New guidelines set for Salisbury’s Downtown Revitalization Incentive Grant program
Published 12:07 am Thursday, November 18, 2021
By Natalie Anderson
SALISBURY — After hitting pause on granting Downtown Revitalization Incentive grants in 2019, Salisbury City Council members on Tuesday approved changes to how the grants are evaluated and awarded.
The grant program was established in 2014 to stimulate private investment and promote economic growth and historic revitalization in the downtown municipal district. Planning Director Hannah Jacobson said it helps developers with obstacles often faced when rehabilitating aging infrastructure. The city credits its involvement in 12 significant downtown projects, including the renovation and expansion of Salty Caper Pizza on Lee Street, updated heating and AC at the Meroney Theater and the relocation of Barnhardt Jewelers from Spencer.
In 2019, city council members paused the issuing of the grants to further study their impact. The grant program consists of three competitive matching sub-grant programs targeting different project activities.
The Building Rehabilitation Grant, which Jacobson said is most commonly sought, would provide a maximum award of $50,000 or a match of 25% of eligible costs. The projects’ cost threshold is set at $100,000 and the building must be older than 30 years. These grants help developers offset the costs of improvements to windows, floors, roofs, HVAC and facades, for example.
The Residential Creation Grant would combine both the residential production and residential utilities grants and offset infrastructure costs for bigger projects. The maximum award would be $100,000, with a maximum amount of $10,000 granted per unit and a minimum development cost of $75 per square foot.
The Fire Suppression Grant encourages the expansion of back-alley fire lines to serve multiple buildings. Fire grants have a maximum award of $25,000 and can cover up to 50% of the expansion costs. If the back-alley fire system is already accessible from the building, applicants are eligible for $2 per square foot of protected area. This grant has previously been funded from the Water/Sewer Fund.
Jacobson said the 12 grants awarded have resulted in $12.4 million in private investments, which increased the tax base by $4.8 million. Overall, the projects added 23 residential units and 12 new restaurant and retail spaces downtown, increasing the population by 40-45 residents.
The grants now have a scoring rubric that considers factors such as the visibility and impact based on the development’s location, the grant-to-investment ratio, the number of restaurant, retail or entertainment spaces created, the level of contribution to the historic district, the number of residential units being created or rehabilitated and overall affordability for residents. Applicants could receive points for elements such as the inclusion of solar panels, installation of artwork and number of buildings served by a fire loop expansion. Jacobson said previous guidelines were too general and didn’t fully paint a picture of whether the grants were meeting the desired outcomes.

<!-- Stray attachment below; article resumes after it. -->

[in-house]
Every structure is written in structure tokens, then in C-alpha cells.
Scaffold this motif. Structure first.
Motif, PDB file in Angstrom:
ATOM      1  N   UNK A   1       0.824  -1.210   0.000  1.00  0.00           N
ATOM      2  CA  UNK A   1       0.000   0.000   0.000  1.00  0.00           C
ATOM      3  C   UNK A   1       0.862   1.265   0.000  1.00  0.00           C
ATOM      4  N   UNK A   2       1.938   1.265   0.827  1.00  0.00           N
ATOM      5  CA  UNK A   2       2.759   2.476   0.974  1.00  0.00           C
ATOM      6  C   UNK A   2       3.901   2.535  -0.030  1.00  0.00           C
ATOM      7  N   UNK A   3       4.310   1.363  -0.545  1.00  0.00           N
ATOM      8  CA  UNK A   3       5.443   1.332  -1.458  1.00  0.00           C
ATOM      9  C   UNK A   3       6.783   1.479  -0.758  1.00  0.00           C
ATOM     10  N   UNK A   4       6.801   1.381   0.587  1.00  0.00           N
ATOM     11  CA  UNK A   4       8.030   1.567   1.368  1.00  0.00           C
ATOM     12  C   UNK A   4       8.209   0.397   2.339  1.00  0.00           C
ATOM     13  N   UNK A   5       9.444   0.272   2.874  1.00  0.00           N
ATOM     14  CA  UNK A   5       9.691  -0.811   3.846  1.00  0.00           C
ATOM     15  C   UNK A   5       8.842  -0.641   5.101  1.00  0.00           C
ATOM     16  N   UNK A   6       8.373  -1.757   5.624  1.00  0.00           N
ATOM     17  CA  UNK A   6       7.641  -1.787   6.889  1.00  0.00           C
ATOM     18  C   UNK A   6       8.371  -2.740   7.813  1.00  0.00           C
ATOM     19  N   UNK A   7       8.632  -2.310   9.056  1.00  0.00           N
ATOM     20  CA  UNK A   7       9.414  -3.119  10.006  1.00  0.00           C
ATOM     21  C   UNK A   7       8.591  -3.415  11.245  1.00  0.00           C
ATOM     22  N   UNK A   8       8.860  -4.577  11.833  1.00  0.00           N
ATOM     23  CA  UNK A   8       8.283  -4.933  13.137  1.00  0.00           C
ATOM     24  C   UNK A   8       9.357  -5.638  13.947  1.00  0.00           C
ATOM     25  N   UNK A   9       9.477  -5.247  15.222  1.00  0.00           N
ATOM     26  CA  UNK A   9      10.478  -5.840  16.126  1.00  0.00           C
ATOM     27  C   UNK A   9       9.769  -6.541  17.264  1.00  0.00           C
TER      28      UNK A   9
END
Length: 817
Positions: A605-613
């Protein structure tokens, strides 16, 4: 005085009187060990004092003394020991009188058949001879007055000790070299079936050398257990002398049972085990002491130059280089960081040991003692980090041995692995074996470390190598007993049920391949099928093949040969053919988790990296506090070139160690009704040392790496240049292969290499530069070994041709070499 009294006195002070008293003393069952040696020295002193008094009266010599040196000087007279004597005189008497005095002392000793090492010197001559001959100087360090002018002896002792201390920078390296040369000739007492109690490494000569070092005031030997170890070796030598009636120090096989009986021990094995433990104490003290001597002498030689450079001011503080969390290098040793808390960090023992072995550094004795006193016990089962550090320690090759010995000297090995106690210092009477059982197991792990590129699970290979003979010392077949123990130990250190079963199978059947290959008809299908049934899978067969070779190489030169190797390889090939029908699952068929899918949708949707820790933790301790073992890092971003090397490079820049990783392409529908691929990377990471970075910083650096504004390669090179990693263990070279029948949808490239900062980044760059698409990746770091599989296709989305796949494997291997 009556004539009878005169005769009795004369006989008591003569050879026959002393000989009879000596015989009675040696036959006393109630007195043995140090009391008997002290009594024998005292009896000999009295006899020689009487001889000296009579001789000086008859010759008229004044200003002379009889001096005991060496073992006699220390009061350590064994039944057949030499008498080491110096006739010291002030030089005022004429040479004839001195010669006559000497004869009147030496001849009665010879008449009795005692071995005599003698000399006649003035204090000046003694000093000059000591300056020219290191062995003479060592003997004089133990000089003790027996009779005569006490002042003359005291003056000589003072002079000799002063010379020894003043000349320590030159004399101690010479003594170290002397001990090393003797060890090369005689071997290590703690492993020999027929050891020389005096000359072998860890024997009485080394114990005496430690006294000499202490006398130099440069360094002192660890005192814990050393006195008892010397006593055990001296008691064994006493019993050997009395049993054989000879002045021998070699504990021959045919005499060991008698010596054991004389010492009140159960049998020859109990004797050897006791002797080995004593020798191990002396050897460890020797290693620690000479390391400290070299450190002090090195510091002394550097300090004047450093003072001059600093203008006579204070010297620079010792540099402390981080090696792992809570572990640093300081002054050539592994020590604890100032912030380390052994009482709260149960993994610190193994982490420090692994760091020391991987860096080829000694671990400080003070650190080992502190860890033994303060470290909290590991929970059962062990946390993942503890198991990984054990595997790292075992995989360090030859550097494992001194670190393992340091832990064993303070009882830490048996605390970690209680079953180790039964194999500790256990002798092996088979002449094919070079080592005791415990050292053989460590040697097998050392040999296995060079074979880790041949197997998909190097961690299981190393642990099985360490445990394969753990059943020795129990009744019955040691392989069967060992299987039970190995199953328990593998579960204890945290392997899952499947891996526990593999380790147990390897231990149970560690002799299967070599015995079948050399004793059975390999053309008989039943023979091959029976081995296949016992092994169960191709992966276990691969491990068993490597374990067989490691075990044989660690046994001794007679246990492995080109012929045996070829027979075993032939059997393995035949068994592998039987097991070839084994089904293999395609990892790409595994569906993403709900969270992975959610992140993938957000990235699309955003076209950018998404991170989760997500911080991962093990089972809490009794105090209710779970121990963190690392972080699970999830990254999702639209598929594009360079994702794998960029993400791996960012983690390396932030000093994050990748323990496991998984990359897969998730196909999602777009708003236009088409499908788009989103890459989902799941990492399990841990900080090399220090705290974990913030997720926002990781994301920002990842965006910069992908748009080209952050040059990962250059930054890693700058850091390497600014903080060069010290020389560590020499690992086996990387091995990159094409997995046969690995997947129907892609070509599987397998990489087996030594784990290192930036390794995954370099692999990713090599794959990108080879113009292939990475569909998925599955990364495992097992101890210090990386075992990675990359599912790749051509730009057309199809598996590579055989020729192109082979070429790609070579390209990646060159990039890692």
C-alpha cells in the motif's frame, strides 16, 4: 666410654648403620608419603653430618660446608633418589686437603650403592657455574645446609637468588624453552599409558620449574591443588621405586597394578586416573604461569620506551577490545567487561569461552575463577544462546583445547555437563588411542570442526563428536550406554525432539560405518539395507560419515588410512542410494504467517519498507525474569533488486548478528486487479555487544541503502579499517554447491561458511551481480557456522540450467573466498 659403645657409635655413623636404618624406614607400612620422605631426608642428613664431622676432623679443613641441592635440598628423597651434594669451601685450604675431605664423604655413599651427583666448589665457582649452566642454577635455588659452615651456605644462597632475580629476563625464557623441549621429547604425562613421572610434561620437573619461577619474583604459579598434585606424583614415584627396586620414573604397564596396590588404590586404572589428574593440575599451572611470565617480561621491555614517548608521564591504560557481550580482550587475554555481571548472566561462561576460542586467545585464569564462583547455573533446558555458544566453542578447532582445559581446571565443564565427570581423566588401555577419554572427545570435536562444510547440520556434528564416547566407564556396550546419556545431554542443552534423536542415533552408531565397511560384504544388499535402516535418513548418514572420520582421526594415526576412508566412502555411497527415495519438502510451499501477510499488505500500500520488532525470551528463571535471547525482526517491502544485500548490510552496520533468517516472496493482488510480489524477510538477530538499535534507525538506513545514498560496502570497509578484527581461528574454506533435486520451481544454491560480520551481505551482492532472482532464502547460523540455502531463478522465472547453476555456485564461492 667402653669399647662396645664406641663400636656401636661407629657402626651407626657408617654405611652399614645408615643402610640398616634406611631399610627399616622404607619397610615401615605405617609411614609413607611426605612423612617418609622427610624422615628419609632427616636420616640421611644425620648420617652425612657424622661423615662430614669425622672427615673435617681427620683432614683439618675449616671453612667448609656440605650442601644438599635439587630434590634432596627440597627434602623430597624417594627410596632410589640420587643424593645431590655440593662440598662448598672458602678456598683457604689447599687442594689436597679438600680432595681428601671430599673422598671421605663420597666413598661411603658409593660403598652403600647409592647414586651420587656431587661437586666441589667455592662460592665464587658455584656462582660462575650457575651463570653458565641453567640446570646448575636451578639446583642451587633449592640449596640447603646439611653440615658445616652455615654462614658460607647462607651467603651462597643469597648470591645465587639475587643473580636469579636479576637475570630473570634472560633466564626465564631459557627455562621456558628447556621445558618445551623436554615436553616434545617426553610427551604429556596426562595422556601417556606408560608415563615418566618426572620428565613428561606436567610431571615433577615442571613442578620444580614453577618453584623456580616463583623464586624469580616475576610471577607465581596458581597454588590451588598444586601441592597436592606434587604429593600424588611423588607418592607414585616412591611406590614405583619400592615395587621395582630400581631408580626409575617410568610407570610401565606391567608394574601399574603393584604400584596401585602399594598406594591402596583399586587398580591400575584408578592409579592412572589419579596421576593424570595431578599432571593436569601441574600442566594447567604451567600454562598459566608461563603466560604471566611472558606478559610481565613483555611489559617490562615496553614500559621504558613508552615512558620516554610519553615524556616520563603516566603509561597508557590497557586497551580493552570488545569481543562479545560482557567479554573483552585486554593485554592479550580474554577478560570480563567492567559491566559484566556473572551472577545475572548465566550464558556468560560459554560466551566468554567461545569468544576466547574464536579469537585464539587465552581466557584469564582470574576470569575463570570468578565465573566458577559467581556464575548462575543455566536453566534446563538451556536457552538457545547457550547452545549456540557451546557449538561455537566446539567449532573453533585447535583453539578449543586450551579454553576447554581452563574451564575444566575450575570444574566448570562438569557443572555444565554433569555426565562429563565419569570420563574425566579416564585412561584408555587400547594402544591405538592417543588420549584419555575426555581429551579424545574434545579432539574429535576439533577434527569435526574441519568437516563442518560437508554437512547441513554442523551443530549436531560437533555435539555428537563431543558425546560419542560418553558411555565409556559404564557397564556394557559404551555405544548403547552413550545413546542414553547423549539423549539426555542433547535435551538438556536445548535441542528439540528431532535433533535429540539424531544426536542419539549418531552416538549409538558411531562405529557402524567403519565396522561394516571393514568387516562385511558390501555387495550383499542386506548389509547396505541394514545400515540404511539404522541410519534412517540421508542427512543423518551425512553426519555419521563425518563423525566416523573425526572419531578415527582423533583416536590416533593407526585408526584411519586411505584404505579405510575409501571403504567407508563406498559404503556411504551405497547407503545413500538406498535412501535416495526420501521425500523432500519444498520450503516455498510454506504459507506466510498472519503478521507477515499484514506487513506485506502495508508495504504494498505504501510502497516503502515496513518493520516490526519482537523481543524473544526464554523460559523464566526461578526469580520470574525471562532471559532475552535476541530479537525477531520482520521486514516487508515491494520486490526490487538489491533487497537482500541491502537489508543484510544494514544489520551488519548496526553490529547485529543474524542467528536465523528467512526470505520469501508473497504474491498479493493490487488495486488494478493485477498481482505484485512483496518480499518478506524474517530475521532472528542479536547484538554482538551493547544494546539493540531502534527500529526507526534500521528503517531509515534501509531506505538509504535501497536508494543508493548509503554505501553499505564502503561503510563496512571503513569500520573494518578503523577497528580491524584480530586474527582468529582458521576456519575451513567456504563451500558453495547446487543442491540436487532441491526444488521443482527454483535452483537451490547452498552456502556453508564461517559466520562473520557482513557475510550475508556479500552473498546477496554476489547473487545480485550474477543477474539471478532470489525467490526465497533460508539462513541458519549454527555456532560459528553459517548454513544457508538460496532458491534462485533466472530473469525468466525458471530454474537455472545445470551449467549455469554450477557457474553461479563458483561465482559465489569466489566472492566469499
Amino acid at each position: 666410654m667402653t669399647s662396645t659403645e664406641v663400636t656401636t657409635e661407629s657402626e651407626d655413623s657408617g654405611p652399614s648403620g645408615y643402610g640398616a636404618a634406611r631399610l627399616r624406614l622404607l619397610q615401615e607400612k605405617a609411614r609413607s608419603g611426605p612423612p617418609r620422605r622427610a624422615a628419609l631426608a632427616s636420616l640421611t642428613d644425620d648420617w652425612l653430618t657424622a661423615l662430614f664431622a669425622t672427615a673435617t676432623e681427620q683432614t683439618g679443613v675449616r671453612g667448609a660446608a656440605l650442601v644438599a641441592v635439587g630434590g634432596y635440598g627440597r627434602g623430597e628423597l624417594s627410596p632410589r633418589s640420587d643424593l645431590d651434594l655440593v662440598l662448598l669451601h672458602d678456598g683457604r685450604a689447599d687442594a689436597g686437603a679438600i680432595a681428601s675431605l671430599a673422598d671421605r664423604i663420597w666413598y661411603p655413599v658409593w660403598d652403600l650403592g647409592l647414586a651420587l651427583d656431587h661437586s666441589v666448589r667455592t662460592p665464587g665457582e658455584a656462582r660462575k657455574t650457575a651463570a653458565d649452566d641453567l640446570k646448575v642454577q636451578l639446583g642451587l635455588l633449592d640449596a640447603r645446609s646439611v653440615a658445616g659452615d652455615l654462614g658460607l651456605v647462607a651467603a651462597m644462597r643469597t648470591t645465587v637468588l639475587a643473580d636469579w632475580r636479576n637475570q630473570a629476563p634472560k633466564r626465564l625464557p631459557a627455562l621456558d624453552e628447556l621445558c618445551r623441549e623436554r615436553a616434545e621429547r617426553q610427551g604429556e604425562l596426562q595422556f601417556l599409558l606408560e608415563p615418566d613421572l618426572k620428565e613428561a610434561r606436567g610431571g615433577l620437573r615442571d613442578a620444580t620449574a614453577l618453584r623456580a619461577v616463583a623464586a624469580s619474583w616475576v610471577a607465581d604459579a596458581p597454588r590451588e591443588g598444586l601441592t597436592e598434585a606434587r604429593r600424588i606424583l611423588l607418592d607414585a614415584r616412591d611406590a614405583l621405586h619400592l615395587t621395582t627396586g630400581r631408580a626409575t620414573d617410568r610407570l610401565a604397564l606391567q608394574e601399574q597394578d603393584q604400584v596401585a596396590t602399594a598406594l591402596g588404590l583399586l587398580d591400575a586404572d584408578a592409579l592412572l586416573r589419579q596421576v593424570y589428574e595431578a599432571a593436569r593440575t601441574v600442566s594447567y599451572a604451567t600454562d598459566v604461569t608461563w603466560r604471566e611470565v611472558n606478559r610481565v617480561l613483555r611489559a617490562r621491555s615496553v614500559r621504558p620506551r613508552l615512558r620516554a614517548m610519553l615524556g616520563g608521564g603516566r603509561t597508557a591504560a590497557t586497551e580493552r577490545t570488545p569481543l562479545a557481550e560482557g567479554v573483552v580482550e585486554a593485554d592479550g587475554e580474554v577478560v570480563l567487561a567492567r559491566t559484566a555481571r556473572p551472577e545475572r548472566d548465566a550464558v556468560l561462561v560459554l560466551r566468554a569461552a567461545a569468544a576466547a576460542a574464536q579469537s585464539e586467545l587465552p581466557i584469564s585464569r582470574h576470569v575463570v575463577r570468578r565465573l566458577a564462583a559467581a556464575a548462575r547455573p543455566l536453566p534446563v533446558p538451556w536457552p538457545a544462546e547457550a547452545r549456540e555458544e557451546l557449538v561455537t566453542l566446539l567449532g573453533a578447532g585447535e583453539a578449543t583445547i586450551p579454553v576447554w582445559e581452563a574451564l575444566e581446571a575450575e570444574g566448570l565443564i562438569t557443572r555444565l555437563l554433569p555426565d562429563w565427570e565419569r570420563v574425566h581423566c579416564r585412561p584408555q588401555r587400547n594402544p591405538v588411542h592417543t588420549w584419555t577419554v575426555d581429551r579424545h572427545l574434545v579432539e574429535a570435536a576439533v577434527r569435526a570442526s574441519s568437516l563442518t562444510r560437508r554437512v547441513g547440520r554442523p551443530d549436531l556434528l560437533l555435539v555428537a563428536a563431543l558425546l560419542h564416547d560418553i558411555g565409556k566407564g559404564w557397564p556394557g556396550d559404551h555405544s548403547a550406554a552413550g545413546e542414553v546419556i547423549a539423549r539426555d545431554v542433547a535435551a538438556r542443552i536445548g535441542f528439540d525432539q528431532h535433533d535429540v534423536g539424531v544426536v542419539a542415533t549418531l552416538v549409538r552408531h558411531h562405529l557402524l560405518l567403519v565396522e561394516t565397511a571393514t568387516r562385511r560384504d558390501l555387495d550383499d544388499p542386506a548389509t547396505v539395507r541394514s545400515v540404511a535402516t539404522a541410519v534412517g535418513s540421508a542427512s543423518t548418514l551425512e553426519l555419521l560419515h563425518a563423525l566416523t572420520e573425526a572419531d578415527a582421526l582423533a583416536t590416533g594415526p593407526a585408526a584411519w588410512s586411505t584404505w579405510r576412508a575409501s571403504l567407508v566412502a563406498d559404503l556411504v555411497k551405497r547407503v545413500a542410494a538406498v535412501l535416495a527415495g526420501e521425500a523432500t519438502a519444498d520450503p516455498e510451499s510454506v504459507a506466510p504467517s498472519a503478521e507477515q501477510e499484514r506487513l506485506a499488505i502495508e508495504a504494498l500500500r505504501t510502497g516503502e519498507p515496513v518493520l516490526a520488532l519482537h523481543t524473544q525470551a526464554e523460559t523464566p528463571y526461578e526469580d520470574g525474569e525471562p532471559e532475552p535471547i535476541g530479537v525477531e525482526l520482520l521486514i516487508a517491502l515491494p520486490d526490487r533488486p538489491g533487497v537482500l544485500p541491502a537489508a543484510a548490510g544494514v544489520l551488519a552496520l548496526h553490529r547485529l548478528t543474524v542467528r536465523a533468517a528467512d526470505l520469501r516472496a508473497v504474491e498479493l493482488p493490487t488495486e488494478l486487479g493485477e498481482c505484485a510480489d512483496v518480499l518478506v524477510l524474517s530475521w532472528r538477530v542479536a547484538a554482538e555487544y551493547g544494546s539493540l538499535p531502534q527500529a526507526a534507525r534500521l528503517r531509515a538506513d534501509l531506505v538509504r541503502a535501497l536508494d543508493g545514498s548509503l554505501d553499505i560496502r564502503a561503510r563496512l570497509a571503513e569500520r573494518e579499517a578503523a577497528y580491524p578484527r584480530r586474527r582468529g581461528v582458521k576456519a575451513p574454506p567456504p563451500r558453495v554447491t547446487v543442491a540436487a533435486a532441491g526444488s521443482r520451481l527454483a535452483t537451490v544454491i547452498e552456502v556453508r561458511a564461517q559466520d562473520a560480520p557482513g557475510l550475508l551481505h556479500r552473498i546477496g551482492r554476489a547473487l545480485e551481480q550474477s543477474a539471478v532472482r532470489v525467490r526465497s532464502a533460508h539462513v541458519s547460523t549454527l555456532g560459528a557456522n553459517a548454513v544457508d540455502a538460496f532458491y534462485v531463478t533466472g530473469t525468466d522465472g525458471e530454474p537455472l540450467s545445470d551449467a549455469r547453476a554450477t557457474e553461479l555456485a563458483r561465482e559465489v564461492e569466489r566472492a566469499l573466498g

A review committee will also be established to evaluate the applications. In addition to a downtown business owner or resident and a local architect, engineer or contractor not involved with an application, the committee will have representation from the Rowan County Chamber of Commerce Minority Business Council, Salisbury-Rowan Utilities, the finance department, the Historic Preservation Commission and Downtown Salisbury Inc. Jacobson said she plans to meet with the leaders of those entities and provide council members with a list of appointments to approve.
The grants will also now have a grant cycle. In a typical year, a call for applications would be made in the fall, with a deadline set in December. Recommendations for grant approvals could be approved by council members the following January. Jacobson said grants require a pre-application process now, and she encourages any potential applicants to reach out to her directly as early as this week if they wish to coordinate a meeting. She can be reached via email at firstname.lastname@example.org.
Council member Tamara Sheffield complimented the affordable housing score in addition to a committee that’s representative of the community.
Council member Brian Miller asked about how criteria are weighted, adding that while affordable housing is good, downtown needs a variety of housing including those at market rate. Jacobson said affordable housing projects haven’t been among the requests from applicants, but because those projects are more expensive, they will receive more weight. Projects that create more restaurant space and ones that expand fire suppression will also be weighted more heavily as those are also more expensive feats.
Miller suggested there be an annual report provided to council to see the tangible impacts the grants have downtown.
Contact reporter Natalie Anderson at 704-797-4246.